(b. 26 Mar. 1856, d. 10 May 1925).
Prime Minister of New Zealand 1912–25
Born in Limavady, Ulster (Ireland), he emigrated to New Zealand with his family in 1870 and settled at Tamaki. He leased a farm at Mangere in 1877, became active in the local masonic lodge, and in 1890 became president of the Mangere Farmers' Club. Massey became president of the Auckland district of the National Association, and in 1894 entered parliament. He became prominent in parliamentary opposition to Sedden's government, and was a champion of farming interests. He became leader of the conservative opposition in 1903, which in 1909 emerged as the Reform Party. He worked hard at party organization, and created the first disciplined parliamentary party in New Zealand politics. These organizational efforts, his propagation of farming interests through demanding the private purchase (freehold) of state (Crown) lands, as well as his graphic warnings about the threats of an advancing Labour Party, resulted in his narrow victory in the 1911 elections.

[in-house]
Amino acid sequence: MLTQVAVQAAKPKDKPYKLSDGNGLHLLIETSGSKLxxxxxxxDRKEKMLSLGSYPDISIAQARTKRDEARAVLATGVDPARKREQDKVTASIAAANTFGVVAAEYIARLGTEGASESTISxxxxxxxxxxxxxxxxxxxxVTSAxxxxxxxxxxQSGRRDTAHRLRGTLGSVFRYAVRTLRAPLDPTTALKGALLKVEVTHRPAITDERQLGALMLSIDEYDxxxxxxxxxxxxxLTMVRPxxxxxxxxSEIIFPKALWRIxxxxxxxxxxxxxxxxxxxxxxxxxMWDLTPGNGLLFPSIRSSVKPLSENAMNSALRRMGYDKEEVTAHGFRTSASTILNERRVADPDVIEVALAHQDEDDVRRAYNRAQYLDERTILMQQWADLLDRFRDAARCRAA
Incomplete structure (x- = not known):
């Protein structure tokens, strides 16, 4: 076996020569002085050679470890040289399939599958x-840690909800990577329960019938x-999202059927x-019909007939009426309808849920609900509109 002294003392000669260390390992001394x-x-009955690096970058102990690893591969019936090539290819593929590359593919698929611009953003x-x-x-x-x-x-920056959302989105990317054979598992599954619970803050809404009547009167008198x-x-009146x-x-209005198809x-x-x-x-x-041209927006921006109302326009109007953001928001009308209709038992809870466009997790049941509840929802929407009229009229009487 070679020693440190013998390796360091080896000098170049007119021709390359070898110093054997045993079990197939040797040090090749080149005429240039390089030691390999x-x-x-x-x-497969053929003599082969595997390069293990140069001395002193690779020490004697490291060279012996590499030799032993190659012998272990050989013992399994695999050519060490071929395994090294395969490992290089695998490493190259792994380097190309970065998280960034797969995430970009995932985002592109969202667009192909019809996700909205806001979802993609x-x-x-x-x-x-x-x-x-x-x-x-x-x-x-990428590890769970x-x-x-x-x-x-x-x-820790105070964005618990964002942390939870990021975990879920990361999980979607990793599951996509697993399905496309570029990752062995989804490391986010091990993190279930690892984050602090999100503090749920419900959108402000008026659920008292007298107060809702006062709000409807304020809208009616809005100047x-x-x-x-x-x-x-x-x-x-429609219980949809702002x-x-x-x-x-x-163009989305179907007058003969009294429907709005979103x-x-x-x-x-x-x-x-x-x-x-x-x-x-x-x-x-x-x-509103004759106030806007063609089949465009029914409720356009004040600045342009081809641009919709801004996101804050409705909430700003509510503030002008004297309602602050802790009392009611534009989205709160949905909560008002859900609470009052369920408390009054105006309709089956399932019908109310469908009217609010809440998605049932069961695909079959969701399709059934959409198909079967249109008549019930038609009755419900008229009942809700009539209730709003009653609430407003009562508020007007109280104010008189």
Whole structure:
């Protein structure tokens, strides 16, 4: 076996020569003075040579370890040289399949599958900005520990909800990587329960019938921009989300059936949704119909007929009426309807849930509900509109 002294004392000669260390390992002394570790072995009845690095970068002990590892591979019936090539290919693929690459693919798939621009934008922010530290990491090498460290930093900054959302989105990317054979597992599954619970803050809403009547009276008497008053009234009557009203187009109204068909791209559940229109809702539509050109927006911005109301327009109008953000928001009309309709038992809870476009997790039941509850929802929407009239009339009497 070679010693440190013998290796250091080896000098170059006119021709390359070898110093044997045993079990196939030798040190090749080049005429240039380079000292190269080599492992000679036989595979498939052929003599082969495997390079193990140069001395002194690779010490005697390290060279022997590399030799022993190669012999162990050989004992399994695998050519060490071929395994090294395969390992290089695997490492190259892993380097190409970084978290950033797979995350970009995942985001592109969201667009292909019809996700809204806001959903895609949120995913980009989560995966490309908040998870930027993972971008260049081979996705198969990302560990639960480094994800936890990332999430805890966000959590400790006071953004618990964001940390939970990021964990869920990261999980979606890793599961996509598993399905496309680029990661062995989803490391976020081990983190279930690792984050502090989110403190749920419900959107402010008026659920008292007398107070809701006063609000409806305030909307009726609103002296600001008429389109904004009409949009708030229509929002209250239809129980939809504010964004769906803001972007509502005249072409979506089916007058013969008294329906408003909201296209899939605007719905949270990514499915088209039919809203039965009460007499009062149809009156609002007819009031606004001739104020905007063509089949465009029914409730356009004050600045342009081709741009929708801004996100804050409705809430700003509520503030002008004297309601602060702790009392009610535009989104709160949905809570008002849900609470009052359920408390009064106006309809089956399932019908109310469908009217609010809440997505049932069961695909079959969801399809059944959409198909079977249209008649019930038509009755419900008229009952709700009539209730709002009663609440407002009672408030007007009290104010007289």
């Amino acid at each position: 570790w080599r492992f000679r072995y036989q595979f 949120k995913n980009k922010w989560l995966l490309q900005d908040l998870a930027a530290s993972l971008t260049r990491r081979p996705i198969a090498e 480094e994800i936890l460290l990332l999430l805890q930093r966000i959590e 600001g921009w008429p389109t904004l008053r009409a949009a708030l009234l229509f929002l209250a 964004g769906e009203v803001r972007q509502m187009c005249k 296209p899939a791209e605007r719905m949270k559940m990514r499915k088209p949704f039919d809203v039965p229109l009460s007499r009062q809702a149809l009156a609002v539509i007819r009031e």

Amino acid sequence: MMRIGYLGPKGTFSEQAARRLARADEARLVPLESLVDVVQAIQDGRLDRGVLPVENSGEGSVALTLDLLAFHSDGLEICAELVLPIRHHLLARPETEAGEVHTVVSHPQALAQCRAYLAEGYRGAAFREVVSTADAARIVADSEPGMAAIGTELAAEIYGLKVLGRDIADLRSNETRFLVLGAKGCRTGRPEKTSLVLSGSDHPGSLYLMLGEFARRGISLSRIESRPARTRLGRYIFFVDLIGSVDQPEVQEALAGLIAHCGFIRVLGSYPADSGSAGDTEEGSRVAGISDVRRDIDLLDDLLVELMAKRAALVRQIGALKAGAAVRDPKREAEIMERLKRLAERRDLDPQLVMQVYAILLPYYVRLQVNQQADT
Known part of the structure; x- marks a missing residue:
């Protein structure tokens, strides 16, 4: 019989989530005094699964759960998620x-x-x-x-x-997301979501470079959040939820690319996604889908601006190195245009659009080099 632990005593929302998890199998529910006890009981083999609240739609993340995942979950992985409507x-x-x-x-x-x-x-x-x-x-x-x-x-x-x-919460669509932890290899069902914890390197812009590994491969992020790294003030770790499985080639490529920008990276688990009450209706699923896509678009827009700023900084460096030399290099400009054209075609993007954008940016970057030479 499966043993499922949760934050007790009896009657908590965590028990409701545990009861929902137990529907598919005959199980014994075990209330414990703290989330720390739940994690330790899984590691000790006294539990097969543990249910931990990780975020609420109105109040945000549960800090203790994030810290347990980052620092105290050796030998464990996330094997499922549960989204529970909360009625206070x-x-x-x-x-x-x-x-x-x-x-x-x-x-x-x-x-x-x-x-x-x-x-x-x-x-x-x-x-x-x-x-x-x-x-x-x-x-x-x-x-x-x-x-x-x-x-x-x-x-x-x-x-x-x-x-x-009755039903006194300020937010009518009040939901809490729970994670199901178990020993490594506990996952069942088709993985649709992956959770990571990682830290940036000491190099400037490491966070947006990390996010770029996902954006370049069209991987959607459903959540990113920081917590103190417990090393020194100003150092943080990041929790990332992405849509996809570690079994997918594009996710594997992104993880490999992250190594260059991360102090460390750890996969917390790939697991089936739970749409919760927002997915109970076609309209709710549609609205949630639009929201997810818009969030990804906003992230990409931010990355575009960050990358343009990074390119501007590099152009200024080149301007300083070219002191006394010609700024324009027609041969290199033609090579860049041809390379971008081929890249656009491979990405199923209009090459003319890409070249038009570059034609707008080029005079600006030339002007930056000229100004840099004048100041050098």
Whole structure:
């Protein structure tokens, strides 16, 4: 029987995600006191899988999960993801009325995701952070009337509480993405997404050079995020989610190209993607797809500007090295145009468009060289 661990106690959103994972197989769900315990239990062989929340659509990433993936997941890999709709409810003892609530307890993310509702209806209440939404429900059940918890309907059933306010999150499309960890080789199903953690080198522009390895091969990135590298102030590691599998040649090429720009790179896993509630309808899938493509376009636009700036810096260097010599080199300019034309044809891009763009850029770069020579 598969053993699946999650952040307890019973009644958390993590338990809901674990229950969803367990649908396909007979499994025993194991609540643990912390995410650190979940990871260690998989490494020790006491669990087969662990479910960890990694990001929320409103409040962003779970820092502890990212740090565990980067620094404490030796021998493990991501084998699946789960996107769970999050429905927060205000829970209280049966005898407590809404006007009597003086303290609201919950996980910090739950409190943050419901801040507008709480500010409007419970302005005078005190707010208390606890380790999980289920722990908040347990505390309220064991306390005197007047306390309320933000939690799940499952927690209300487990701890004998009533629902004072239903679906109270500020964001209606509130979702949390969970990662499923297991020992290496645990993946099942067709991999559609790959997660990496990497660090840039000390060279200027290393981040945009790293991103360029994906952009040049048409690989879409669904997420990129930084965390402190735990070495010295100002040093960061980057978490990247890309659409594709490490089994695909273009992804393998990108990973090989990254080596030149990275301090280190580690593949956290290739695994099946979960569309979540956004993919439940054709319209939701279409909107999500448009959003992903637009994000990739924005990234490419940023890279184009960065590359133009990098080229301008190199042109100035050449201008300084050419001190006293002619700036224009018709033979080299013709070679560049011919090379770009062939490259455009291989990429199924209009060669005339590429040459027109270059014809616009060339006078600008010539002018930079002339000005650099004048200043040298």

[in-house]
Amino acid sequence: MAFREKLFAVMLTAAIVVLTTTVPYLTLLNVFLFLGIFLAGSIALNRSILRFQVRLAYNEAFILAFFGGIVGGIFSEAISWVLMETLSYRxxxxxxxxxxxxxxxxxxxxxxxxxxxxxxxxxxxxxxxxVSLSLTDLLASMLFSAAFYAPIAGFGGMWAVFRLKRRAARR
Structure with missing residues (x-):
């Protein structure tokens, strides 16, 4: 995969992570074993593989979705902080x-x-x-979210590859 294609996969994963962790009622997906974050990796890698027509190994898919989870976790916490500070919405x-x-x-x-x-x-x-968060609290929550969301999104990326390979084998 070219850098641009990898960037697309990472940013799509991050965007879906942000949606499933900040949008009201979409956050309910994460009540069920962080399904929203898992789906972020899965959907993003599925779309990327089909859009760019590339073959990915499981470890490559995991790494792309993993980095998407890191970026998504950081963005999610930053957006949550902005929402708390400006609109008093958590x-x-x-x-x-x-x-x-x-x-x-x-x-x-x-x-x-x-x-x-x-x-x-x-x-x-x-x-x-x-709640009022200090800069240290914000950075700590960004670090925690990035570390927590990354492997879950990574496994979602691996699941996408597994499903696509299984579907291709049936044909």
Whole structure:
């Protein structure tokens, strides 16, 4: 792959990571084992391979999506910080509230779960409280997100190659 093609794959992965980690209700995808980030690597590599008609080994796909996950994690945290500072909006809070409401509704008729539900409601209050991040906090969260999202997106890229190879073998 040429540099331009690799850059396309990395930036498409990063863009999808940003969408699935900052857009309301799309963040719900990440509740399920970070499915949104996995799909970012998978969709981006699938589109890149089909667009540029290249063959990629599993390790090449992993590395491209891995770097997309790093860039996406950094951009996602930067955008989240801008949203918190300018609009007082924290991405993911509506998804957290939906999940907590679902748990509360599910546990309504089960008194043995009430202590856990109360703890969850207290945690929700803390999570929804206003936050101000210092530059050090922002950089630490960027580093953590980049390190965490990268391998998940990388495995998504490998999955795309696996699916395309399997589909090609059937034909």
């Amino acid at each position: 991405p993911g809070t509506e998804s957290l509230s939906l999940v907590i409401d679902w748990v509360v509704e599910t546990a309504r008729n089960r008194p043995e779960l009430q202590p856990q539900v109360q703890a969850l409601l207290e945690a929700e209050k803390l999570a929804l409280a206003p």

Ward's Liberal Party was able to hang on to government until 6 July 1912, when Massey became Prime Minister. His government forcefully suppressed a militant dockers' and coalminers' strike in 1912–13, one of the most bitter industrial disputes in New Zealand history. He was a committed supporter of the British Empire thoughout World War I, though from 1915 the Ulster Protestant was forced to form a national government in coalition with the Catholic Ward, whom he disliked intensely. He emerged from the 1919 elections for the first time with a convincing majority, though he spent most of his time trying to stave off a decline in the prosperity which the farming community had enjoyed during the war. However, the political balance started to shift to the cities with the growth of urbanization, and he only just won the 1922 elections. His marginal majority in parliament made his last administration over-reliant on the particular concerns of individual MPs. He died in office.
Subjects: Contemporary History (Post 1945).